There were also negative notices from such publications as New York, The National and Esquire.[12]

In his mostly negative review for New York magazine's books section, Sam Anderson struck a note of disappointment, puzzlement, and confusion. In Anderson's opinion, Point Omega is "[the latest of a] recent stretch of post-Underworld metaphysical anti-thrillers—The Body Artist, Cosmopolis, Falling Man—[showing DeLillo's writing] has reached a whole new level of [narrative] inertia".[13] For Anderson, the novel's "glacial aesthetic"[14] and seemingly slow moving non-plot of the novel is a major fault: "the closest the book comes to real action is when Elster's daughter shows up—although “shows up” is a strong phrase to use for a character who hardly seems to exist at all. When she disappears, mysteriously — the only major event of the novel — it seems like a formality."[13] The experience of reading a "late-phase DeLillo" novel, according to Anderson, makes him "feel like a late-phase DeLillo character: distant, confused, catatonic, drifting into dream worlds, missing dentist appointments, forgetting the meanings of basic words, and staring at everyday objects as if they were holy relics."[13] However, Anderson admits that "this disorientation might explain why I can’t quite make up my mind about Point Omega",[13] suggesting some positives and elaborating that "the strongest material in Point Omega is only tangentially related to the book’s main story, and is essentially just art criticism"[13] (referring to the bracketing chapters that begin and end the book). Anderson further remarks on the novel's style: "DeLillo is, after Beckett and Robbe-Grillet, the indisputable master of grinding a plot to the brink of stasis and then recording its every last movement. Point Omega seems like a logical endpoint of that quest."[13] But Anderson goes on to ask with some concern, "how much further into the desert of plotlessness is DeLillo willing to go, and how far are we willing to follow? Where else can he possibly take the novel?"[13] Anderson finally concludes on a negative note: "I get the sense that he wants his oeuvre to culminate in a pure act of attention, and I’m not convinced that the novel is the best medium in which to do that. As a raging DeLillo fan, I’d be more excited to see him branch out to another genre—an experimental autobiography, or essayistic micro-observations of his favorite art and literature—than write another short novel about detached and largely interchangeable characters."[13]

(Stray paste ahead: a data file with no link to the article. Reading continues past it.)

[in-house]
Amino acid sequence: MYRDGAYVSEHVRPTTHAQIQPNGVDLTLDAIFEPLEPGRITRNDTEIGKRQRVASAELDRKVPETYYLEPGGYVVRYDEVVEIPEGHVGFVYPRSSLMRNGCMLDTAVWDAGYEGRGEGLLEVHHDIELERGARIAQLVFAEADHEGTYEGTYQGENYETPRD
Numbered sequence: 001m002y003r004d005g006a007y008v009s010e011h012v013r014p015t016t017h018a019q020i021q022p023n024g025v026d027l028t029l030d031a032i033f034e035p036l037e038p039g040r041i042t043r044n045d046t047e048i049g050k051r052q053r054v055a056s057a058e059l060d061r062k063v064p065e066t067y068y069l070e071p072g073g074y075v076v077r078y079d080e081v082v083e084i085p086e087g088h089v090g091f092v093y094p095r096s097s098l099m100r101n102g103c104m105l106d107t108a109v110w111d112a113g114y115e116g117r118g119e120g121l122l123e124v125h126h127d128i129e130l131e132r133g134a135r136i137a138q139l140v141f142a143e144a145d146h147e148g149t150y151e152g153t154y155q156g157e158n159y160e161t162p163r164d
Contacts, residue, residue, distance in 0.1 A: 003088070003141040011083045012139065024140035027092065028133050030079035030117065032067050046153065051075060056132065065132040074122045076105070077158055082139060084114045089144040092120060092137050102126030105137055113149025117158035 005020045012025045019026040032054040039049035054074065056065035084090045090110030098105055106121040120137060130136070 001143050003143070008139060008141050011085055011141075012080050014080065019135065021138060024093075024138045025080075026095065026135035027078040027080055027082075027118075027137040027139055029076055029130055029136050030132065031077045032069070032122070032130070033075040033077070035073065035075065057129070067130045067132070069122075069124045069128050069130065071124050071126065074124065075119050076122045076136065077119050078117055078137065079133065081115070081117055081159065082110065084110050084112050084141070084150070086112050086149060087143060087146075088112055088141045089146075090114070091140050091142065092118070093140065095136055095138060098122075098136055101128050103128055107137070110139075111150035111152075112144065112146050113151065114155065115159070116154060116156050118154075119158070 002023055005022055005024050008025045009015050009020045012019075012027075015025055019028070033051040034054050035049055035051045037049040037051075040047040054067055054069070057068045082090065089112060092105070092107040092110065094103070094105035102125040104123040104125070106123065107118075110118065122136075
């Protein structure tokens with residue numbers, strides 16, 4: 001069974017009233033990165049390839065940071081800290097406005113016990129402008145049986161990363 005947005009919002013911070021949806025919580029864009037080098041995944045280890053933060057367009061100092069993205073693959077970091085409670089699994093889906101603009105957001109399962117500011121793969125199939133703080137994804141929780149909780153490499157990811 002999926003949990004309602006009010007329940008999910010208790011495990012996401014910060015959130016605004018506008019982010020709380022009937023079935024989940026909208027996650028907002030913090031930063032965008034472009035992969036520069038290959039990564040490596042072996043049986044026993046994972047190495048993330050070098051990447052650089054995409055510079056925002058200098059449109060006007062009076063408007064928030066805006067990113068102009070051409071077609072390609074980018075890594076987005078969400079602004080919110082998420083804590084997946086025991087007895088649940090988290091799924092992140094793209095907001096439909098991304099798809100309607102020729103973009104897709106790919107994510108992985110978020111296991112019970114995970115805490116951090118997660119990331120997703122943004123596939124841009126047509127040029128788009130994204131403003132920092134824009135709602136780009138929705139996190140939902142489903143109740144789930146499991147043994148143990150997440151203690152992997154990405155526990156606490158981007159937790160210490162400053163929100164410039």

Writing for the "Friday Review" section of The National, Giles Harvey - like Anderson's review in New York - made much criticism of the stylistic tendencies of what could be termed as 'Late DeLillo', arguing that "since the epochal 1997 masterpiece Underworld... DeLillo's books have come to seem lopsided, top-heavy: dense with cerebration but humanly thin."[15] At his best, Harvey writes, "when [DeLillo] is... sending us dispatches from the front lines of contemporary experience... DeLillo has few obvious betters. By comparison, most of his peers seem 50 miles back, in the hermetic opulence of some requisitioned château."[15] However, in Point Omega, Harvey feels that DeLillo "fails to make his characters more than ciphers for his ideas."[15] Much of Harvey's criticism concerns the protagonists and characterisation. Of the retired war planner Elster, Harvey draws comparisons to Bill Gray in DeLillo's Mao II and Lee Harvey Oswald in Libra,[15] but criticises DeLillo's characterisation for making Elster seem "less a human being than a vague aggregate of ideas."[15] Harvey goes on, "what’s missing from DeLillo’s presentation of human beings... is emotional depth."[15] Aside from the weak characterisation, the typical DeLillo black comedy appears to be watered down and a distilled re-reun of the humour from DeLillo's previous novels. The conversations that occur between Elster and his would-be documenter Jim Finley in the main body of the novel "can sometimes be quite funny (although not nearly as funny as the screwball conversations on similar themes in Players or White Noise)".[15] Further, Harvey finds fault with how, as he argues, "Point Omega was presumably conceived of as an emotional education – a story about a coldly intellectual man whose daughter’s disappearance leads him to recognise the limits of the intellect and his own human fallibility... It is indicative of DeLillo's failure that he should feel the need to state so baldly the novel's intended emotional arc."[15]


  1. ^ [1][dead link]
  2. ^ a b c d e f "Fiction Book Reviews: 12/21/2009 - 2009-12-21 07:00:00". Publishers Weekly. Archived from the original on January 19, 2010. Retrieved 2010-03-18.
  3. ^ Alter, Alexandra (2010-01-30). "Don DeLillo on Point Omega and His Writing Methods - WSJ.com". Online.wsj.com. Retrieved 2010-03-18.
  4. ^ a b "Don DeLillo - Events of Interest". Perival.com. Retrieved 2010-03-18.
  5. ^ Don DeLillo (2009-01-07). "Midnight in Dostoevsky". The New Yorker. Retrieved 2010-03-18.
  6. ^ "Books : Point Omega : Excerpts". Books.simonandschuster.com. Archived from the original on 2010-03-23. Retrieved 2010-03-18.
  7. ^ EVENTS. "Events « BookCourt". Bookcourt.org. Retrieved 2010-03-18.
  8. ^ "PEN American Center - Writers Rally for Release of Liu Xiaobo". Pen.org. 2009-12-31. Archived from the original on 2010-03-27. Retrieved 2010-03-18.
  9. ^ Schuessler, Jennifer (2010-02-18). "TBR - Inside the List". The New York Times. Retrieved 2010-03-18.
  10. ^ Point Omega Media Watch - a novel by Don DeLillo - 2010
  11. ^ a b c d e f g "Point Omega, Don DeLillo, Book - Barnes & Noble". Search.barnesandnoble.com. Retrieved 2010-03-18.
  12. ^ Benjamin Alsup, "Somebody Please Get Don DeLillo a Drink", Vanity Fair, January 27, 2010
  13. ^ a b c d e f g h "Sam Anderson on 'Point Omega' by Don DeLillo - New York Magazine Book Review". Nymag.com. 2010-02-01. Retrieved 2010-03-18.
  14. ^ Anderson, Sam (2010-01-24). "Sam Anderson on 'Point Omega' by Don DeLillo - New York Magazine Book Review". Nymag.com. Retrieved 2010-03-18.
  15. ^ a b c d e f g h "Missing persons from Don DeLillo - The National Newspaper". Thenational.ae. 2010-01-28. Archived from the original on 2010-02-03. Retrieved 2010-03-18.

External links[edit]